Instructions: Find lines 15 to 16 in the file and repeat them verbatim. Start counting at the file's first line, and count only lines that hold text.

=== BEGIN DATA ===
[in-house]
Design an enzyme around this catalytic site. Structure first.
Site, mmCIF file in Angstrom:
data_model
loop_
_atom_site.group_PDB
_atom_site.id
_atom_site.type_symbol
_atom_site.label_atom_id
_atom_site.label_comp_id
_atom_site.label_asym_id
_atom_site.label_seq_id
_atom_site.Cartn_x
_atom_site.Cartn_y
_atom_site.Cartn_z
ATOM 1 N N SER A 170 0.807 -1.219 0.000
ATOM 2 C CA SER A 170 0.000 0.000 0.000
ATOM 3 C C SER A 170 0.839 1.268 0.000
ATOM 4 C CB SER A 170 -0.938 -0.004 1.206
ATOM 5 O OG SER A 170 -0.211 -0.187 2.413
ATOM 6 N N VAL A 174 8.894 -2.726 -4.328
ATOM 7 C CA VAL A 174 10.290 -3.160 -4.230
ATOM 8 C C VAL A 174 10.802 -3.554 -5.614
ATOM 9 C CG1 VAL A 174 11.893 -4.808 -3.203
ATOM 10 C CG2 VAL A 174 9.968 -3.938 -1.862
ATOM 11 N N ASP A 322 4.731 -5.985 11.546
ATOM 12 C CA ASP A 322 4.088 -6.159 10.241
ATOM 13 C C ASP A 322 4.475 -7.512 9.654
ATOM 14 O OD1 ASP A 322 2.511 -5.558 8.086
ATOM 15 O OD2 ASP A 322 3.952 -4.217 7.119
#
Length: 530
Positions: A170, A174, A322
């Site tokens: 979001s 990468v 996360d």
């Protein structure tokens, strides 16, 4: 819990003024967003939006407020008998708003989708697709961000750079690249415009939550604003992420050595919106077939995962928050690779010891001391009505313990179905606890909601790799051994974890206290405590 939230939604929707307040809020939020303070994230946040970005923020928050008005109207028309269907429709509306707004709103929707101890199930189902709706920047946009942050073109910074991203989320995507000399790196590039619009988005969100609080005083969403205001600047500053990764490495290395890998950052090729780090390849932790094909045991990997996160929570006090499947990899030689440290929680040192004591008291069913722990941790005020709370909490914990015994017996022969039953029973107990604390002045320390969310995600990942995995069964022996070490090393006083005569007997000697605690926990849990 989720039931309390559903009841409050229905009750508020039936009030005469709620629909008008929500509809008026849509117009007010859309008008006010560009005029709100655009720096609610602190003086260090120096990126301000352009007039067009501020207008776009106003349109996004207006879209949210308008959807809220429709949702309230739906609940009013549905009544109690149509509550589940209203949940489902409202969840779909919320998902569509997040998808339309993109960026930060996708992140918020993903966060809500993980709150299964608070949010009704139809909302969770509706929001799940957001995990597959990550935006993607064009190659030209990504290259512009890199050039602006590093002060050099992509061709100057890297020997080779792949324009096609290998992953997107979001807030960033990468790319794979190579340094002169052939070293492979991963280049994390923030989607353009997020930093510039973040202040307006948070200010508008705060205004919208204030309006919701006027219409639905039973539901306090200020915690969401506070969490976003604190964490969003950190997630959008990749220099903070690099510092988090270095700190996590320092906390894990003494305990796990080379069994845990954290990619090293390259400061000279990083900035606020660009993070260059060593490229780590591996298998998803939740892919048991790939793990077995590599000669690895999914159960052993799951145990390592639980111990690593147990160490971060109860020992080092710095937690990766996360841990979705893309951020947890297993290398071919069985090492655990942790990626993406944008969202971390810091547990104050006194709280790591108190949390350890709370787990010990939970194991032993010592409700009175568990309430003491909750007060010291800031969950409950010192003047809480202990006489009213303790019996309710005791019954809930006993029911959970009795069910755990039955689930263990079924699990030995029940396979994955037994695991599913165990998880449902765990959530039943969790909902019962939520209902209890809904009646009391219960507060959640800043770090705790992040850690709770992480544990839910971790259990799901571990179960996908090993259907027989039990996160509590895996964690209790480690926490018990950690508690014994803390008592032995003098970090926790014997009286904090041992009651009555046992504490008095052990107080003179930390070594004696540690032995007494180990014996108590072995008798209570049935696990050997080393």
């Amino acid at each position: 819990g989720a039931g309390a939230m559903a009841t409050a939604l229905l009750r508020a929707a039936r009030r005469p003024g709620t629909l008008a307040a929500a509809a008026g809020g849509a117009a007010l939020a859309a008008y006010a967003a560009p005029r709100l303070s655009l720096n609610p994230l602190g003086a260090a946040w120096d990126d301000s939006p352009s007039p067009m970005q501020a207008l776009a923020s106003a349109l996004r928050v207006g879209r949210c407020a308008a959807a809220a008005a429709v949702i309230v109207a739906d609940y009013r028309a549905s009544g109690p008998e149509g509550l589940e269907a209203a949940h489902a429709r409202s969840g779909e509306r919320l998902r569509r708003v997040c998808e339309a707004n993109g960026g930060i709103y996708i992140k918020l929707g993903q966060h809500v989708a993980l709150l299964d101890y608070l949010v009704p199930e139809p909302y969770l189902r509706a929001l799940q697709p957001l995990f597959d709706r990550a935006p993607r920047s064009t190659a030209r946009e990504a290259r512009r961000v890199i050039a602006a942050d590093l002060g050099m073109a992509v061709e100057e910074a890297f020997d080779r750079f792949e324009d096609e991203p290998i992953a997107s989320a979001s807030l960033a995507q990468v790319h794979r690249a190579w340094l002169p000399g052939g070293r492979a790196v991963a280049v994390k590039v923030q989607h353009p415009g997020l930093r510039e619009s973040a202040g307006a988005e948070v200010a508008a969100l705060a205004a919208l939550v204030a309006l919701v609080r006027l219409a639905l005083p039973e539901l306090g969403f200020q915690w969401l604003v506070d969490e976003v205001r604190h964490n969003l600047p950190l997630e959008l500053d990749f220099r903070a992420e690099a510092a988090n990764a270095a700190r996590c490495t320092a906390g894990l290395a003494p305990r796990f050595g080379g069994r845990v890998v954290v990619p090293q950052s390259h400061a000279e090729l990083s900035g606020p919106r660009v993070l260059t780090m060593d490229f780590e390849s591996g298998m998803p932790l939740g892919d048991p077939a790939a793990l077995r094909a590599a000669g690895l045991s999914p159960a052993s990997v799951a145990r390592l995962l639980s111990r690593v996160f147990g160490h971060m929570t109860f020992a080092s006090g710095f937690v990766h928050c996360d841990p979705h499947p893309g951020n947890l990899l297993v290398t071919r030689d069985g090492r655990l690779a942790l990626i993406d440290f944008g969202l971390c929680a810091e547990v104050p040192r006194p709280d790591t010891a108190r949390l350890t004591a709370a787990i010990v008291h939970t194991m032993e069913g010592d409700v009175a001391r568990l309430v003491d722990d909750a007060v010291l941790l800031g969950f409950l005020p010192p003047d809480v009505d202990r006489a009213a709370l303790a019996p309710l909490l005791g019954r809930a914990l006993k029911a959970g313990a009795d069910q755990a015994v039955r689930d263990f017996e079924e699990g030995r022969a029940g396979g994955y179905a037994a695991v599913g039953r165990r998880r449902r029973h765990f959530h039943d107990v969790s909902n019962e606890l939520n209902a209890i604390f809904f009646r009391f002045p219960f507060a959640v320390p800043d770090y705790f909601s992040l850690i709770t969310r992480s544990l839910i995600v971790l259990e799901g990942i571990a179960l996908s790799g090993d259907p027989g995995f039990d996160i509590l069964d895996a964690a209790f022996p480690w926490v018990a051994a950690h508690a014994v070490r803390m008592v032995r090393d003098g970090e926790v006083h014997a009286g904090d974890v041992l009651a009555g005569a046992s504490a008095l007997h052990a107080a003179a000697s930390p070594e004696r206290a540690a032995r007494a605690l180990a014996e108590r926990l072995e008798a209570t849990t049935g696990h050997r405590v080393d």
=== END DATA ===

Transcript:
_atom_site.Cartn_z
ATOM 1 N N SER A 170 0.807 -1.219 0.000